Learning from the Past
Indeed, in a theology/religious studies department at a Catholic college engaged in a program of diversity and inclusion, it can now seem “politically” easier to teach Buddhism or Hinduism than Patristics or the Council of Trent. A right-wing, political-religious narrative often explains its opposition to diversity in terms of preserving (white) European culture while also complaining that proponents of diversity are deaf to its arguments and reasoning.
So at Catholic institutions, the study of theology and religion as it relates to the study of history is in a spot. And it was nearly thirty years ago when David Tracy wrote that we all must face the “fascinans et tremendum actuality of our polycentric present.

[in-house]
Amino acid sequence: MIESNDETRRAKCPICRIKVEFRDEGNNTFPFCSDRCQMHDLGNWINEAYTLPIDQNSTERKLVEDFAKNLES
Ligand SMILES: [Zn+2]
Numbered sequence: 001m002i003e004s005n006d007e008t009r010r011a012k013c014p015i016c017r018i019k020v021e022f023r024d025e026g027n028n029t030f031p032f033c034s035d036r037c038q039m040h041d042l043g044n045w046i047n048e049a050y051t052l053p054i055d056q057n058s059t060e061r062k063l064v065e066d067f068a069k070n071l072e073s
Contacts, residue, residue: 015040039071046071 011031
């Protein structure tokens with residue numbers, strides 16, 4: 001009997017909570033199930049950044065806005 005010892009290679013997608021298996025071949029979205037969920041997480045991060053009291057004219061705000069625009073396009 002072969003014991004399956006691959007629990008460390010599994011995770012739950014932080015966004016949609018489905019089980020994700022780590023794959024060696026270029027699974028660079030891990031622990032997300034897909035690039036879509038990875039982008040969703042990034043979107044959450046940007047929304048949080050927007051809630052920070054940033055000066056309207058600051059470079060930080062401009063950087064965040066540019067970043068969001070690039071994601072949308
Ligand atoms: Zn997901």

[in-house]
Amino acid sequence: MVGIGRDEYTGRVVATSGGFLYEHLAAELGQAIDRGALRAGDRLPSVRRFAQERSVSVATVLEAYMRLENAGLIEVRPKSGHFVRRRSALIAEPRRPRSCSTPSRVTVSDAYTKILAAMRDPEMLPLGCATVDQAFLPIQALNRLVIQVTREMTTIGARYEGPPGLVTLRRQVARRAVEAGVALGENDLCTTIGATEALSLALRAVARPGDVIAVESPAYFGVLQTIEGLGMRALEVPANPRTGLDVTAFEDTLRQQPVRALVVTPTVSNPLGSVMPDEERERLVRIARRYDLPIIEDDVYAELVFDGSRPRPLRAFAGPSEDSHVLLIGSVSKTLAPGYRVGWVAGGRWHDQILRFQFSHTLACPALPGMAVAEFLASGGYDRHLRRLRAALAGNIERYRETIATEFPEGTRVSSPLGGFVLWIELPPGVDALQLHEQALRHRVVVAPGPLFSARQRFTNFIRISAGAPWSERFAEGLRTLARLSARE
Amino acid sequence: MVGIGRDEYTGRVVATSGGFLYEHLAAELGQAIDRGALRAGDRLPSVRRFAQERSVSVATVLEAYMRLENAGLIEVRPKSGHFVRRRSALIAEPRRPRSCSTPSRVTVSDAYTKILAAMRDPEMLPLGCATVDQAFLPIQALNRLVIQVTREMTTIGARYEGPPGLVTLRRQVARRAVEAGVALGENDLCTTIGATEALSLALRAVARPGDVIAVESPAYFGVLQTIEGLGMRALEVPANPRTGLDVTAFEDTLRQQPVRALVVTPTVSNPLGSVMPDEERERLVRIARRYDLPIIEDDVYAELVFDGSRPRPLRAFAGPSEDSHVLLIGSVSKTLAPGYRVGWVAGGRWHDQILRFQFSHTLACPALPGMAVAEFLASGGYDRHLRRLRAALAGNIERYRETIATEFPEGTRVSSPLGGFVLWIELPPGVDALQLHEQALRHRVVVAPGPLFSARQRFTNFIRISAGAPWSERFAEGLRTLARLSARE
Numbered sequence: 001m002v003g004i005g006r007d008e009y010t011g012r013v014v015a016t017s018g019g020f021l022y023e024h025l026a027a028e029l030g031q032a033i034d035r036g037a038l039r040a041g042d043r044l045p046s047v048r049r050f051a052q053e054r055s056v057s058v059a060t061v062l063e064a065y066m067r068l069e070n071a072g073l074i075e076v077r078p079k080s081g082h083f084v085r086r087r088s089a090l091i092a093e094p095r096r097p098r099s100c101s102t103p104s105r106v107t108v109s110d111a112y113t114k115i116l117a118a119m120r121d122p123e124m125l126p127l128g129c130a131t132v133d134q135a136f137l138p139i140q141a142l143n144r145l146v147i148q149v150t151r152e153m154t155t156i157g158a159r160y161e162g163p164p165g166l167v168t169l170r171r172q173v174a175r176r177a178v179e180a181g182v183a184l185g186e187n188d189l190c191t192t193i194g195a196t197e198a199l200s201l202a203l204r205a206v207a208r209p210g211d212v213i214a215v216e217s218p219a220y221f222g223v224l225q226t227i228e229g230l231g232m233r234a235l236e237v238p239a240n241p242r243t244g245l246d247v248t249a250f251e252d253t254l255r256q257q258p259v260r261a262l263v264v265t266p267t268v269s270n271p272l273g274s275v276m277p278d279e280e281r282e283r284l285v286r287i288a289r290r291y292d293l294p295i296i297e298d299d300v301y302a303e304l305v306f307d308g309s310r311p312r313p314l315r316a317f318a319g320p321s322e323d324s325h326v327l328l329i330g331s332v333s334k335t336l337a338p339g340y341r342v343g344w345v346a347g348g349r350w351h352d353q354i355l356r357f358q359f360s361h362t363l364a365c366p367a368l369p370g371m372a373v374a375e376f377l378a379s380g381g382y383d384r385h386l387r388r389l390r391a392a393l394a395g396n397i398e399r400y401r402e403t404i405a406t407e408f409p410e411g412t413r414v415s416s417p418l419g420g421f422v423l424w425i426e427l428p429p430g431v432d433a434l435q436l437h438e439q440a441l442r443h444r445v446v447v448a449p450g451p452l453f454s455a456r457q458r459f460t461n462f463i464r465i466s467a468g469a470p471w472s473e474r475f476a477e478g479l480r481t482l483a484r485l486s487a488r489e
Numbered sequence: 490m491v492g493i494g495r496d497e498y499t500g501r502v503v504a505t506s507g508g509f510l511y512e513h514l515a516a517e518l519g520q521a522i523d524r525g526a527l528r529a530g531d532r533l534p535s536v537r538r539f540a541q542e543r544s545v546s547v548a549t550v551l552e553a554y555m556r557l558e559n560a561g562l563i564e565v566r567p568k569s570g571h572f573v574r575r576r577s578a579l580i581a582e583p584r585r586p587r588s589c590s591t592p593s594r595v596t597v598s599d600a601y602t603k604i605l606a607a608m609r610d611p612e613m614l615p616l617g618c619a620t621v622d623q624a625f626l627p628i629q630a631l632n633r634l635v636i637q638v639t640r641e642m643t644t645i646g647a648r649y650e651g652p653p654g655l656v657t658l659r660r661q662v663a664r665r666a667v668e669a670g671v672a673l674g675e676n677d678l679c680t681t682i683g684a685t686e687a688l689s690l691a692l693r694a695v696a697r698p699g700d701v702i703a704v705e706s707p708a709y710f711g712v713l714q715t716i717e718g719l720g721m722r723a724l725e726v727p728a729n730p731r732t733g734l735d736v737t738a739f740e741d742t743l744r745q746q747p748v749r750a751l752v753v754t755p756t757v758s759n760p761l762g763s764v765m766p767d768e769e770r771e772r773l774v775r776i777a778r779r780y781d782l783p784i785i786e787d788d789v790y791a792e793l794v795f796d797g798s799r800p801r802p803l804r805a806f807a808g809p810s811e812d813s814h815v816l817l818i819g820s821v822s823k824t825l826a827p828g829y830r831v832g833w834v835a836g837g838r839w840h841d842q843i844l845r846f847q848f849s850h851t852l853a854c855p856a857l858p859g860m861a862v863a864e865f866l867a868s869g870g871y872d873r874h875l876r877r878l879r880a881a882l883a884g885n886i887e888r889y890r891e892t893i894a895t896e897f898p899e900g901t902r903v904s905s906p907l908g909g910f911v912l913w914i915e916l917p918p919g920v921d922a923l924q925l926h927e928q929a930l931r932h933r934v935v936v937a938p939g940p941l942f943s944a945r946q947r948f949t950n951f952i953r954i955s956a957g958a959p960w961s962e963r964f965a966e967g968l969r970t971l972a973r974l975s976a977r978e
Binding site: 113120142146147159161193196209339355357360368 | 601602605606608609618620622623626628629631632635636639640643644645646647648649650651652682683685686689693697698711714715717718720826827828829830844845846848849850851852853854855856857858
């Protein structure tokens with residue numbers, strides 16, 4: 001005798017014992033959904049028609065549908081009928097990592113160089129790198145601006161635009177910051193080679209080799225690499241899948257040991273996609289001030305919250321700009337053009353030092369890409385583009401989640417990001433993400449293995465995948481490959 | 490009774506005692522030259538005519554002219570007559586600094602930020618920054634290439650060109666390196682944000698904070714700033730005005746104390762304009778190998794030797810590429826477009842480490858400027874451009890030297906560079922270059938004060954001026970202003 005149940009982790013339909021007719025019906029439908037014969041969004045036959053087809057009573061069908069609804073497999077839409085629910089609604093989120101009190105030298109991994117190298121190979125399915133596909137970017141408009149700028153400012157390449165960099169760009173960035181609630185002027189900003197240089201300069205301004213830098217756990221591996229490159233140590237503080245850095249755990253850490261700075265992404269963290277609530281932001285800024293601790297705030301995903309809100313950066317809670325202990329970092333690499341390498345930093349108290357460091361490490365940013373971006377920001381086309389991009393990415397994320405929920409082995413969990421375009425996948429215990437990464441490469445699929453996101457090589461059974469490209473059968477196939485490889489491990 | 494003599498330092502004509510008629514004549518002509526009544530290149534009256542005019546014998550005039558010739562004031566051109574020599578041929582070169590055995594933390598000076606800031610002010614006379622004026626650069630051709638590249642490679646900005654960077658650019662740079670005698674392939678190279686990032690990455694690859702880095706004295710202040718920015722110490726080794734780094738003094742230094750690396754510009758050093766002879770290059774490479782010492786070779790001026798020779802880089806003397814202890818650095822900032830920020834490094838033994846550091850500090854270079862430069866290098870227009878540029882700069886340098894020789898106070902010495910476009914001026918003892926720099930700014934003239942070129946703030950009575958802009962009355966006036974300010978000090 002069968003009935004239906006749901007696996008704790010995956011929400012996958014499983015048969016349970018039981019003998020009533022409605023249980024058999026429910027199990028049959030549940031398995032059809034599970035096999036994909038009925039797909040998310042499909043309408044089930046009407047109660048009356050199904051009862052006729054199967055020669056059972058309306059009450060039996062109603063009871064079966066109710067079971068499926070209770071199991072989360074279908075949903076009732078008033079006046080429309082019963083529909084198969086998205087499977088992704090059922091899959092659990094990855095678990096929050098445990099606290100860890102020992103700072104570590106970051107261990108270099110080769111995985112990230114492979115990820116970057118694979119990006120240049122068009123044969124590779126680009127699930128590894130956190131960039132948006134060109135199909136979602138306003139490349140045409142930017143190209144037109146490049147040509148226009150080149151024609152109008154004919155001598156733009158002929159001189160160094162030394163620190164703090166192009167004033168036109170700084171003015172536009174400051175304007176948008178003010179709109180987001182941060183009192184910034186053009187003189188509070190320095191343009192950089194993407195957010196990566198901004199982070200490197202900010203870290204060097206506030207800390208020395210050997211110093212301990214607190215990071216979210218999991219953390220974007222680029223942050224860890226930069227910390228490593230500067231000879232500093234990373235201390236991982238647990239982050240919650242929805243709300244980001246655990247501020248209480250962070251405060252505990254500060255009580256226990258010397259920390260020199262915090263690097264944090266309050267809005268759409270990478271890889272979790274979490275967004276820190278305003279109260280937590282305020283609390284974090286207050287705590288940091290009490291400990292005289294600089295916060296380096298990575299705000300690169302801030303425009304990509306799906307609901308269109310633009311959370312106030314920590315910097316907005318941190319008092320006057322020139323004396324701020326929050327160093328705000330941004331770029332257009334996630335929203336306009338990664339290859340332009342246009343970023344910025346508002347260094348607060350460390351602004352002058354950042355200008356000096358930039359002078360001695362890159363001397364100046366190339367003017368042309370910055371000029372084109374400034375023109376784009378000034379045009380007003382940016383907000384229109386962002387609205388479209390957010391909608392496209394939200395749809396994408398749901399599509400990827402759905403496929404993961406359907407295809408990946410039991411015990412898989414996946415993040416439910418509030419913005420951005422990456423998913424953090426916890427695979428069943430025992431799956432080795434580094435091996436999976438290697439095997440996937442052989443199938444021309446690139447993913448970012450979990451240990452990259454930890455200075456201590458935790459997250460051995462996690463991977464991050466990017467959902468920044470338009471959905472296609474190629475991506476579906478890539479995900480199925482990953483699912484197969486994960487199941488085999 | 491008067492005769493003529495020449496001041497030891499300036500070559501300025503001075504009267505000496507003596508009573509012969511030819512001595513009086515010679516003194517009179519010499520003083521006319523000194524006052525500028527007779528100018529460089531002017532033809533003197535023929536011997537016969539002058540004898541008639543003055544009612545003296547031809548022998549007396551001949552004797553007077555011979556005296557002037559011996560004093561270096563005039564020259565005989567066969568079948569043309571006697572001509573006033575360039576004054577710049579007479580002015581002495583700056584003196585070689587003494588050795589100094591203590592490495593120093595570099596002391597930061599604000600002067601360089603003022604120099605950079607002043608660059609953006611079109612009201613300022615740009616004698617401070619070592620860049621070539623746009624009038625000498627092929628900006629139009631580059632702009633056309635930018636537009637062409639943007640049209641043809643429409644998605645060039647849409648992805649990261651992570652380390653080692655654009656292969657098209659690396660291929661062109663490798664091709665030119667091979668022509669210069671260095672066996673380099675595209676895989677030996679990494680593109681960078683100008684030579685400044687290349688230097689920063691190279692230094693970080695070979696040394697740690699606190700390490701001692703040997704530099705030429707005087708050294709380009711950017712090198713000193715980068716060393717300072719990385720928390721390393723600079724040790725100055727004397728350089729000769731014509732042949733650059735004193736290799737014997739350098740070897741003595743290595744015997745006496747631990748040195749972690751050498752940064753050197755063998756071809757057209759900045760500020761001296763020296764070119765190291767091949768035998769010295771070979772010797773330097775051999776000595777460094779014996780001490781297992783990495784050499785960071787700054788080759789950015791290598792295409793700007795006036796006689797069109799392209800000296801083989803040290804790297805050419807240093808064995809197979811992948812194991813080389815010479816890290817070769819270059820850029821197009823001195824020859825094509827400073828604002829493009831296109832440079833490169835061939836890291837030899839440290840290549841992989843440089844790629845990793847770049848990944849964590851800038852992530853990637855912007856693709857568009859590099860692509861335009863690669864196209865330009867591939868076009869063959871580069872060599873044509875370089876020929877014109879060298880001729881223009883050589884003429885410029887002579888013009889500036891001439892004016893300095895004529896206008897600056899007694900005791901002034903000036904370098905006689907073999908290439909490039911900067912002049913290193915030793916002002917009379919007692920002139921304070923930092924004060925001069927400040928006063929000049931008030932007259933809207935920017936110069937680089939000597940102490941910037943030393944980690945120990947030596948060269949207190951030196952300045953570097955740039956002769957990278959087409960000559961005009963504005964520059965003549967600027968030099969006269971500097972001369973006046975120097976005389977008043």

The loss of history is not just a problem in understanding the past of religion; it also weakens the process of symbolic thinking and moral imagination. The de-emphasizing of history in Catholic theology and in Catholic institutions is not simply the result of the collapse of the humanities.
Read full article at Commonweal